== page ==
By Act Voice, Financier Conscience and Insurance ARISE.

An open letter to: Insurance sector lawmaker Hon Chan Kin-por, Finance sector lawmaker Hon Chan Chun-ying and finance services sector Hon Christopher Cheung Wah-fung.

A sound rule of law and legal system is among the key cornerstones of the insurance and finance industries. Under the common law framework in Hong Kong, it is the “separation of powers” that upholds our world-renowned legal system.

Rita Fan Hsu Lai-tai, who is a member of the NPC Standing Committee, recently pointed out that the separation of powers is neither implemented in Hong Kong nor stipulated by the Basic Law. However, Andrew Li Kwok-nang and Geoffrey Ma Tao-li, former and current Chief Justice of the Court of Final Appeal respectively, expressed different views on whether the separation of powers is implemented in Hong Kong.

Rita Fan
Rita Fan. File

In 2001, then Chief Justice Andrew Li said during a luncheon seminar organized by a chamber of commerce: “Judicial independence is the most basic feature in the common law system as implemented in Hong Kong, and lies at the heart of the separation of powers among the executive, the legislative, and the judicial branches, providing checks and balances against one another. The role of the court is to ensure the legislative and the executive branches adhere to the Basic Law and other relevant laws.”

Geoffrey Ma, the incumbent Chief Justice, said in the Ceremonial Opening of the Legal Year 2014 that: “The Basic Law sets out clearly the principles of the separation of power between the legislature, the executive and the judiciary, and in quite specific terms, the different roles of the three institutions. So far as the Judiciary is concerned, the ambit of its constitutional role is the exercise of judicial power, that is, the adjudication of disputes that come before the courts in accordance with the law.”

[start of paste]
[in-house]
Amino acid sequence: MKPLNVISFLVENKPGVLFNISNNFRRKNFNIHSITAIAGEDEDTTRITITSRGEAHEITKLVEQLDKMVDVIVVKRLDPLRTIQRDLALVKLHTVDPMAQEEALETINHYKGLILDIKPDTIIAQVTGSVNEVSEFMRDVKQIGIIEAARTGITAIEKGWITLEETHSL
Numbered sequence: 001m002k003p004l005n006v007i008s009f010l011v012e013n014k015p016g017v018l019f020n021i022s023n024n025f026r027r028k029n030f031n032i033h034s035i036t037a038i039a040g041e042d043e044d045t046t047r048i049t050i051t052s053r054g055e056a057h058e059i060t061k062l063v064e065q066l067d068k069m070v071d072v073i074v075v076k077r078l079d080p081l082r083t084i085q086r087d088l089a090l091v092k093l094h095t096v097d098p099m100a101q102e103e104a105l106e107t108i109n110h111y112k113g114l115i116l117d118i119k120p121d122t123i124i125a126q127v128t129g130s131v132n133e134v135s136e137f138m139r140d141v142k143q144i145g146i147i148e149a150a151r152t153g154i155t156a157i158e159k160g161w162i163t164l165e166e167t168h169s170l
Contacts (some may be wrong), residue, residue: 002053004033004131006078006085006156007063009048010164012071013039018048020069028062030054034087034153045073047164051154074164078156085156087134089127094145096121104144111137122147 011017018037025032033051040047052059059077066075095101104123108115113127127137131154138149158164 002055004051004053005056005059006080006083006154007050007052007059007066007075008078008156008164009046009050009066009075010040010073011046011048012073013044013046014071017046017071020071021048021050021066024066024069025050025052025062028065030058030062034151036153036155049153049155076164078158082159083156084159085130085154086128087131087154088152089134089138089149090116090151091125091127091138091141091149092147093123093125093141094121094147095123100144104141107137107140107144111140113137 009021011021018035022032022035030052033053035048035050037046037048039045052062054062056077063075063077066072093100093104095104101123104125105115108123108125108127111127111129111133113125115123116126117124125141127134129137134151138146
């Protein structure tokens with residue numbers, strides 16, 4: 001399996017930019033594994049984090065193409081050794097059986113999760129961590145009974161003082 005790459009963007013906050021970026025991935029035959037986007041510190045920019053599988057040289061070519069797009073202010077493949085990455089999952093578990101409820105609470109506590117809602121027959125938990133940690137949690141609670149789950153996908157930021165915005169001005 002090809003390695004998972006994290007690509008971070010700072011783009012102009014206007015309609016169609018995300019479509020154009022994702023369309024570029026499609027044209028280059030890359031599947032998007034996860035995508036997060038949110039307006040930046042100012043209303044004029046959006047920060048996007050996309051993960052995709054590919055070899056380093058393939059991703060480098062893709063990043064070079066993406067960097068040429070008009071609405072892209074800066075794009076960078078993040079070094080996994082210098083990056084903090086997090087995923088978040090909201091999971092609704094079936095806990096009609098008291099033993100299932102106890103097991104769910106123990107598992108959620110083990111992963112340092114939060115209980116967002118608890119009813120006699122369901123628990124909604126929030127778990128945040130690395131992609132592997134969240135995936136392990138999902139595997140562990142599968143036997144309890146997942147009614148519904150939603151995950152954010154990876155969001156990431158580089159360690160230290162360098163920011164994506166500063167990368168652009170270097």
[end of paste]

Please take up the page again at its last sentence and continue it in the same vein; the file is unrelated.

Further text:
Geoffrey Ma Tao-li
Geoffrey Ma Tao-li. Photo: GovHK.

Do the honorable gentlemen agree to the above interpretation by both Chief Justices that the Basic Law has already clearly set out the principles of the separation of powers in Hong Kong?

If the honorable gentlemen do not agree with the two Chief Justices, would they then concur Rita Fan’s comment that the so-called separation of powers is just a wishful thinking on the part of the legal profession and supporters of democracy?

We hope the honorable gentlemen, as our industry representatives in the Legislative Council, could reveal their thinking as to whether the separation of powers is implemented in Hong Kong. If you believe it is the case, what will you do to defend it?

Also, Rita Fan has only mentioned judicial independence, but not legislative independence. As a member of the Legislative Council, do you agree that the legislature should be independent from the executive, and that checks and balances should be in place between the two? We would be much obliged if the honorable gentlemen can clearly explain your stand to the public with regard to legislative independence.

Guest contributors for Hong Kong Free Press.